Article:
The Roundup

Roundup

Here is The Roundup, Edition 5, bringing you the best from around the web from the past two weeks!

Blast from the Past

Last May (2012), I wrote an entire series on salt, including the history of salt in the human diet, the dangers of salt restriction, and my recommendations for a healthy salt intake. There’s no evidence that adding salt to taste to a whole foods, Paleo diet is unhealthy, and salt restriction to the level recommended by the American Heart Association (AHA) is not only completely unnecessary, it’s potentially harmful. There are far more effective ways to reduce blood pressure and the risk for heart disease and stroke than salt restriction, such as increasing dietary intake of potassium, magnesium, and calcium.

Now, a New York Times article explains how a new expert committee, commissioned by the Institute of Medicine (IOM) at the request of the CDC, confirmed that there’s no rationale restricting sodium intake to 2,300 milligrams a day—let alone the AHA target of 1,500 mg per day. The IOM committee also agrees that a sodium intake this low could increase rates of heart attacks and the risk of death in certain populations. It’s incredible to me that this is still considered a controversial topic and that there is so much disagreement between various health organizations on how much salt is “too much” for the general population. It’s perfectly reasonable for most people to consume between 3-4 grams per day, which is right around the world average for salt intake (3,400 mg/day or ~1.5 tsp salt).

Hopefully this (non) issue will be settled soon, and we can focus our attention on the dietary components that really do make a difference in the general population’s health.

Research Report

  • New evidence suggests that gluten intolerance may drive at least some cases of IBS.
  • Research finds that sunlight prolongs lifespan by lowering blood pressure, demonstrating how the benefits of sun exposure outweigh the risks.
  • A new study suggests lowest risk of death occurs at vitamin D levels between 20-36 ng/mL. (Note that 20-30 ng/mL is deficiency according to current standards. I will discuss this on my next podcast.)
  • A hospital survey found that kids living in the U.S. who were born elsewhere are 59 percent less likely to have allergic diseases, but their risk increases with time spent in the country.

Worth A Look

  • Nourished Kitchen: Jenny explains why she drinks full fat, local, raw milk.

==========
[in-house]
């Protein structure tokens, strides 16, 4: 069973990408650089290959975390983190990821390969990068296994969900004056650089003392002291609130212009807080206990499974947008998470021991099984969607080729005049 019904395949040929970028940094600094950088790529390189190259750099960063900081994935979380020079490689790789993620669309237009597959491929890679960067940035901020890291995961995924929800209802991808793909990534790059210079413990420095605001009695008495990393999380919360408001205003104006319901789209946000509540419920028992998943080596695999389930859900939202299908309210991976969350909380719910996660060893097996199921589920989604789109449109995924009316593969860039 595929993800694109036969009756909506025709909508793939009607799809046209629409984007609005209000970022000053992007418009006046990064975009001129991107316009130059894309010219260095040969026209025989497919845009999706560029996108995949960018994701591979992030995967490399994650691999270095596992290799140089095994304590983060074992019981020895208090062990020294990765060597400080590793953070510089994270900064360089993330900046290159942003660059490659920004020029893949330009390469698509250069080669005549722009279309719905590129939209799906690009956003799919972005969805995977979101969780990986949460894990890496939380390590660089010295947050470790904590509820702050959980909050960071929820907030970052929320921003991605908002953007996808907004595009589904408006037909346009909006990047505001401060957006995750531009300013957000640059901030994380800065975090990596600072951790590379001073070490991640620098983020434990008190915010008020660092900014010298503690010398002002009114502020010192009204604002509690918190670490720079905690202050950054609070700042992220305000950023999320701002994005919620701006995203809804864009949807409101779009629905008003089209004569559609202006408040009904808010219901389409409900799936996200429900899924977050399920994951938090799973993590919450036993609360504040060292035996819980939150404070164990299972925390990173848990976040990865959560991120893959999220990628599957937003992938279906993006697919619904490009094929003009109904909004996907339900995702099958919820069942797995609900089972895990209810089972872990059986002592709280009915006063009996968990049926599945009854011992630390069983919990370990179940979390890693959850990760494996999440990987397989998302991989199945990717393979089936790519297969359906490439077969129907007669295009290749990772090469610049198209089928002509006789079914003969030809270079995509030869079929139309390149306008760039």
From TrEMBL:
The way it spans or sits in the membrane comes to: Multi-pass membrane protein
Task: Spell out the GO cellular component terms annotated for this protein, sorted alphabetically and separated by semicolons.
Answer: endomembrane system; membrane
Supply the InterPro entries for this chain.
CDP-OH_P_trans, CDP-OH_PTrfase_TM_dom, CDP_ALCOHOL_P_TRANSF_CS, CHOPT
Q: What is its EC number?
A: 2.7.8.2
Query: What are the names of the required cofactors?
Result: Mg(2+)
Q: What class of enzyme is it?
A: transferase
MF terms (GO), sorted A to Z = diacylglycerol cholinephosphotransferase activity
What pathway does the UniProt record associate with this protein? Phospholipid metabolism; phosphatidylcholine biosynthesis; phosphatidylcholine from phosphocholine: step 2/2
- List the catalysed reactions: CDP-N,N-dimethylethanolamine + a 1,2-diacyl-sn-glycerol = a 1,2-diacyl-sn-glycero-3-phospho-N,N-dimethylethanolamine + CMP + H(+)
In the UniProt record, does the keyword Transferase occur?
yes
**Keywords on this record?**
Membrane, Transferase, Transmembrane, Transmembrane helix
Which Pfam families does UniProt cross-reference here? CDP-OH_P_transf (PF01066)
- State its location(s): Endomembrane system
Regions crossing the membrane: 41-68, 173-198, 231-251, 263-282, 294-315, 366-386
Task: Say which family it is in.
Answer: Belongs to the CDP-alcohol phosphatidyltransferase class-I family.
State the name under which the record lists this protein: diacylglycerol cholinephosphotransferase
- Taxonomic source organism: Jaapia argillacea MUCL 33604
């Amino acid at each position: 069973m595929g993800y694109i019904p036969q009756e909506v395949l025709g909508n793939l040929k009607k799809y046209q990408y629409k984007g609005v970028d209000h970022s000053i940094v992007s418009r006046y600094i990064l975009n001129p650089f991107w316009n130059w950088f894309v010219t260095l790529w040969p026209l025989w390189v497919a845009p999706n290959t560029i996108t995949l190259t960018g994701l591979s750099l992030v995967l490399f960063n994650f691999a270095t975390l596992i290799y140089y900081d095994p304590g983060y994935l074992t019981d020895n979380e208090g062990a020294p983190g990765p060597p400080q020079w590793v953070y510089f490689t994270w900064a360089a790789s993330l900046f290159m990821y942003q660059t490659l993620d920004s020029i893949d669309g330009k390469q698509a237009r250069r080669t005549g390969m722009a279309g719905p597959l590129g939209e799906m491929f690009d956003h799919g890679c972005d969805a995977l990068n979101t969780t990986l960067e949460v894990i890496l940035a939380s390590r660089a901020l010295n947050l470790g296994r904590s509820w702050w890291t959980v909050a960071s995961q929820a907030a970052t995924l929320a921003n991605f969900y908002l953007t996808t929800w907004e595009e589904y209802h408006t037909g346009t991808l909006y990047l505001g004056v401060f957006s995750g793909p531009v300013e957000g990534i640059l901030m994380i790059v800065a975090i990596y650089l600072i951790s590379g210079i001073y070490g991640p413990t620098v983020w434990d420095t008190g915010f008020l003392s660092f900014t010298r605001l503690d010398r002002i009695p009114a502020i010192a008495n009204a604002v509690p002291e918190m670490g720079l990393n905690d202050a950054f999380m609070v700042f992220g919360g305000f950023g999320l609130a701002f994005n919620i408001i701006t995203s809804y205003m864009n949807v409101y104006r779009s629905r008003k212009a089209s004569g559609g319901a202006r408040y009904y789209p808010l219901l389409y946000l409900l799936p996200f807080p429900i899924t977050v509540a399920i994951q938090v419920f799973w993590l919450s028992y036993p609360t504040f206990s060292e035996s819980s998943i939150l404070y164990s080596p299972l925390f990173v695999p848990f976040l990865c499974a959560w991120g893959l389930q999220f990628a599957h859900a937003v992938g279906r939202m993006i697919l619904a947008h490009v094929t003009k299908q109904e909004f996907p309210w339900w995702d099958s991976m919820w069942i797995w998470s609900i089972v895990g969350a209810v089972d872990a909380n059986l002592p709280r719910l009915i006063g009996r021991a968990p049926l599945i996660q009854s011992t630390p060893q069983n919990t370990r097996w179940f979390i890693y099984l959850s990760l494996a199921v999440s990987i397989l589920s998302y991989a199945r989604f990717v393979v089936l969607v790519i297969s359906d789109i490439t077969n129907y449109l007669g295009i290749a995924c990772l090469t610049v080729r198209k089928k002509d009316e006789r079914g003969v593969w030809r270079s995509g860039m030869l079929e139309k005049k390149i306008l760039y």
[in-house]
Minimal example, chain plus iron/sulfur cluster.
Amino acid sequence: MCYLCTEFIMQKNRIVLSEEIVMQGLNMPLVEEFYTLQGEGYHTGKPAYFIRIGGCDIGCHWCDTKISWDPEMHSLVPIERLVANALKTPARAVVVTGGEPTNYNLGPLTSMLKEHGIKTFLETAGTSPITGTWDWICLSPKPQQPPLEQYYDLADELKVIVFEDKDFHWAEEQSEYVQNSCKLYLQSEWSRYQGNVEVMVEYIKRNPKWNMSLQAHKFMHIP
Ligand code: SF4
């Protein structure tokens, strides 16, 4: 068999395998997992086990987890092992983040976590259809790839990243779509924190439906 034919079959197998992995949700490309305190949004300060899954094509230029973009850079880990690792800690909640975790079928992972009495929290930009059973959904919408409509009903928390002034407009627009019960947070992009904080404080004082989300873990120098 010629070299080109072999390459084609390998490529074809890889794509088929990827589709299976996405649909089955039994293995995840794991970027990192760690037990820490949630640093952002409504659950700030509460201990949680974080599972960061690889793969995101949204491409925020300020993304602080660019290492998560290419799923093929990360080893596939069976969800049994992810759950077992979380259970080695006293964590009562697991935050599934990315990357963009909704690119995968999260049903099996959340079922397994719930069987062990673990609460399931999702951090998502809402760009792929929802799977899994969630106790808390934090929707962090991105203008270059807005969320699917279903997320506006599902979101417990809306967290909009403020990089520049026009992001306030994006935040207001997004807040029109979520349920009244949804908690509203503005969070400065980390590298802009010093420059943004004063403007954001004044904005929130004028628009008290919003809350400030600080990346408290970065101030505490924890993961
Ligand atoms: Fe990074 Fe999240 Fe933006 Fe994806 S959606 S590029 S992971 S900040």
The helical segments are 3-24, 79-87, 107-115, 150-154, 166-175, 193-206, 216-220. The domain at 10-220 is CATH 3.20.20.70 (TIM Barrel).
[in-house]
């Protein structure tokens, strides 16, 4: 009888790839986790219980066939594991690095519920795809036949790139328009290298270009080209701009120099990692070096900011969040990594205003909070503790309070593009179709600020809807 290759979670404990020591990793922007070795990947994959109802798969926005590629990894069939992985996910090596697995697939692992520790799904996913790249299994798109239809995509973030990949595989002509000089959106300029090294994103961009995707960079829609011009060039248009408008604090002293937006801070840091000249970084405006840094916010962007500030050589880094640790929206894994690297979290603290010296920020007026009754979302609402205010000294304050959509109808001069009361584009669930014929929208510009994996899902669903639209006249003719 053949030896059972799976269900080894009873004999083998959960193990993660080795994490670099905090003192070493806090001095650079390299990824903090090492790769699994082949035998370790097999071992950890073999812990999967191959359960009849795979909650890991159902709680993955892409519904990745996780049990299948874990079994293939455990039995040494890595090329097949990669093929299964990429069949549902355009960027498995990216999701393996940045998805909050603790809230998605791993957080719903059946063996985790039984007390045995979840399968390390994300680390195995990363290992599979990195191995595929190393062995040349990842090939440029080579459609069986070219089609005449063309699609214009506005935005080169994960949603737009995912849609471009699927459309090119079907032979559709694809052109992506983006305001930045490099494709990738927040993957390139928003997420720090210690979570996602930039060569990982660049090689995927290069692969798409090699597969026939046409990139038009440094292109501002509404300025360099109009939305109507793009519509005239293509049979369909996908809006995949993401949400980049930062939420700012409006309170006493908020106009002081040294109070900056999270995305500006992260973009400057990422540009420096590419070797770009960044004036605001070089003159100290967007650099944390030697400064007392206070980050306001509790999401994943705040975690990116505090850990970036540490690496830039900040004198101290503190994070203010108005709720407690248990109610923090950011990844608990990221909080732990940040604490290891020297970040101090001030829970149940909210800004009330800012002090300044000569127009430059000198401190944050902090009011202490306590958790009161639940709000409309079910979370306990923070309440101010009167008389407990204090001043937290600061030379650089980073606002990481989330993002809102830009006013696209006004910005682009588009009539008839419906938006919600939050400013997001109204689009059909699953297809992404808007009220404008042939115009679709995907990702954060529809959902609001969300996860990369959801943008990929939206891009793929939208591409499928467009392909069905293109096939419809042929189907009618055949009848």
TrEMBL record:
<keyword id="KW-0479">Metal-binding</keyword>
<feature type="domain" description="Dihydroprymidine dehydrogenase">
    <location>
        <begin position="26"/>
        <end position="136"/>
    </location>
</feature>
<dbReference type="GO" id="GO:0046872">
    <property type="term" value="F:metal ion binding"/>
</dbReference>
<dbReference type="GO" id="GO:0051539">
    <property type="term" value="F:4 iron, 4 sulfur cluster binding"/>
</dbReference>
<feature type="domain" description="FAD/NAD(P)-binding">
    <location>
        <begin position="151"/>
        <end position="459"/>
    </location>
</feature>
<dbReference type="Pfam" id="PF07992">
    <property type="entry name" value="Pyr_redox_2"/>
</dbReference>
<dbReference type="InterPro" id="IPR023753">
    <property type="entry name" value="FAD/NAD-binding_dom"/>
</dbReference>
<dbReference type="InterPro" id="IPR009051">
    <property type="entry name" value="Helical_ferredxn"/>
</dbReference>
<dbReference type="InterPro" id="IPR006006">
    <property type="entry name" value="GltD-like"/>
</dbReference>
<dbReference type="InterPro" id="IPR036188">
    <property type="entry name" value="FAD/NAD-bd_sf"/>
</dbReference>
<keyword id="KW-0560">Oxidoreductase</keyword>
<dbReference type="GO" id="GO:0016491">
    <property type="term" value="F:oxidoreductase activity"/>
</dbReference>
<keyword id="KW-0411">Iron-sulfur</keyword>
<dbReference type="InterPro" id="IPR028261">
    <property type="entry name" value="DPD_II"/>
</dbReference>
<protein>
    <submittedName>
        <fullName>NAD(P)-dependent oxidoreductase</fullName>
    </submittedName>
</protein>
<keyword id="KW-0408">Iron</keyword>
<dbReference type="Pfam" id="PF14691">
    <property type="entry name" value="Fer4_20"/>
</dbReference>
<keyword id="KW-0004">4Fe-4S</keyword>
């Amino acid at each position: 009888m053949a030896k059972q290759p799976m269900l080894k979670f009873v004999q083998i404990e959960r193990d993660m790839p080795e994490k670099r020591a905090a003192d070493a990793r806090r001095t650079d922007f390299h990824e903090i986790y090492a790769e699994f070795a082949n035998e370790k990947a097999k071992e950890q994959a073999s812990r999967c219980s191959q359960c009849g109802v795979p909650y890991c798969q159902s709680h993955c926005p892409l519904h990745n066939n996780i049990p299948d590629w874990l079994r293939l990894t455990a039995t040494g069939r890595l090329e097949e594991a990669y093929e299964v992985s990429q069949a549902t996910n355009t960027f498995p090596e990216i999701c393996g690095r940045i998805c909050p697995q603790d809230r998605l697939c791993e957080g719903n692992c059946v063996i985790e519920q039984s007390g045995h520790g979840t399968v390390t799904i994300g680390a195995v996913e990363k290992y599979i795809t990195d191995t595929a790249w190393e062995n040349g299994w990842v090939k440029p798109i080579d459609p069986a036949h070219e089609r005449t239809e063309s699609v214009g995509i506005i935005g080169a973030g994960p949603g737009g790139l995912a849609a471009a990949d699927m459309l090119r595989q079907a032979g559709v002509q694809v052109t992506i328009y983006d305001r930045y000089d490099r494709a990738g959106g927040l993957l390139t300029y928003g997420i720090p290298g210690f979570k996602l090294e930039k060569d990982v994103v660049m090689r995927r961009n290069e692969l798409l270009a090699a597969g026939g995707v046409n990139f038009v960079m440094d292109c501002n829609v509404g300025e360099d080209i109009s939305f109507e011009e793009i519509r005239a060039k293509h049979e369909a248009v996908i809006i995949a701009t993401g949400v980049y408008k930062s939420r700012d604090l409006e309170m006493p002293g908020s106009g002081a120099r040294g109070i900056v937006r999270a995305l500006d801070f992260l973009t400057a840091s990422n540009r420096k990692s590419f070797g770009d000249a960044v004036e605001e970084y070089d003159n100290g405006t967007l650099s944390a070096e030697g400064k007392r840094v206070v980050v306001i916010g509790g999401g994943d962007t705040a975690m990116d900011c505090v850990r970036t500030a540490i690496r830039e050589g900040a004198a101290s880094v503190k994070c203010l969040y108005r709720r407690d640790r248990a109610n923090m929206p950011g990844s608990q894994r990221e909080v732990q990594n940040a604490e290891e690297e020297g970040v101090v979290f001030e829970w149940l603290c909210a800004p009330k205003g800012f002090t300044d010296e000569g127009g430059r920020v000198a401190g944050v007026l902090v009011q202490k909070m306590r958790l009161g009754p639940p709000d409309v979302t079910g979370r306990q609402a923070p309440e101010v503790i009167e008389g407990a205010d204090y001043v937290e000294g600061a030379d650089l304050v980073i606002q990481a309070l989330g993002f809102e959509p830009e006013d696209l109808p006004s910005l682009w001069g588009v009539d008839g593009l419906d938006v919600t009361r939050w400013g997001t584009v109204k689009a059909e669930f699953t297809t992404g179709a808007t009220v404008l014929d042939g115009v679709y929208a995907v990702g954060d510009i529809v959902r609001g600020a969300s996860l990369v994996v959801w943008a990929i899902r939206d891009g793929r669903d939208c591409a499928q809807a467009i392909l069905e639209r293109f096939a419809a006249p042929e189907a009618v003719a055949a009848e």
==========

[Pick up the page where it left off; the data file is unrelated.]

• Mark’s Daily Apple: The top 8 most common reactions to your grain-free diet, and how to respond.
  • Forbes.com: A new app allows you to easily boycott Monsanto products—not just food.
  • SexyBack Summit: Sean Croxton hosts another great summit, this time focused on all aspects of sexual health.

For the Foodies

Like what you’ve read? Sign up for FREE updates delivered to your inbox.

  • I hate spam too. Your email is safe with me.

Categories

The Roundup

Comments Join the Conversation

  1. John says

    Hi Chris,

    I was just thinking about upping my potassium intake. Any suggestions on the best way to do this? Should I just focus on more potatoes, tomatoes, and bananas? Maybe avocados? Is homemade bone broth a decent source? I’d like to make sure I’m above the 4700mg mark.

  2. Imran says

    First if all thanks for all the information on your site and podcast. I am confused about what you are recommending for salt intake. A previous article on your site says 1.5 to 3 tsp per day. If tsp = 5g that’s 7.5g to 15g per day which sounds like a lot more than you are saying here. Clarification would be appreciated!

  3. Greg Marlow says

    Considering that our kidneys reabsorb sodium to maintain a 0.9% sodium (isotonic) concentration in our blood, there is no benefit to reducing sodium below 0.9 g for every liter of water we consume.

    • Greg Marlow says

      Forgive me – I should have said there is no benefit to reducing sodium chloride below 9 g for every liter of water consumed, i.e. the isotonic concentration.

  4. Sharon says

    So according to that Vit D study, Chris..does this mean that we are knocking ourselves out to achieve levels of D from 50-70 and this could be dangerous?
    This could be quite the blow for the guys on the Vit D Council, Joe Mercola and many of the experts out there.
    I wondered about all that supplementing and how harmful that could be.
    It should be interesting if this info catches on and they get the word out to change our intake.

Join the Conversation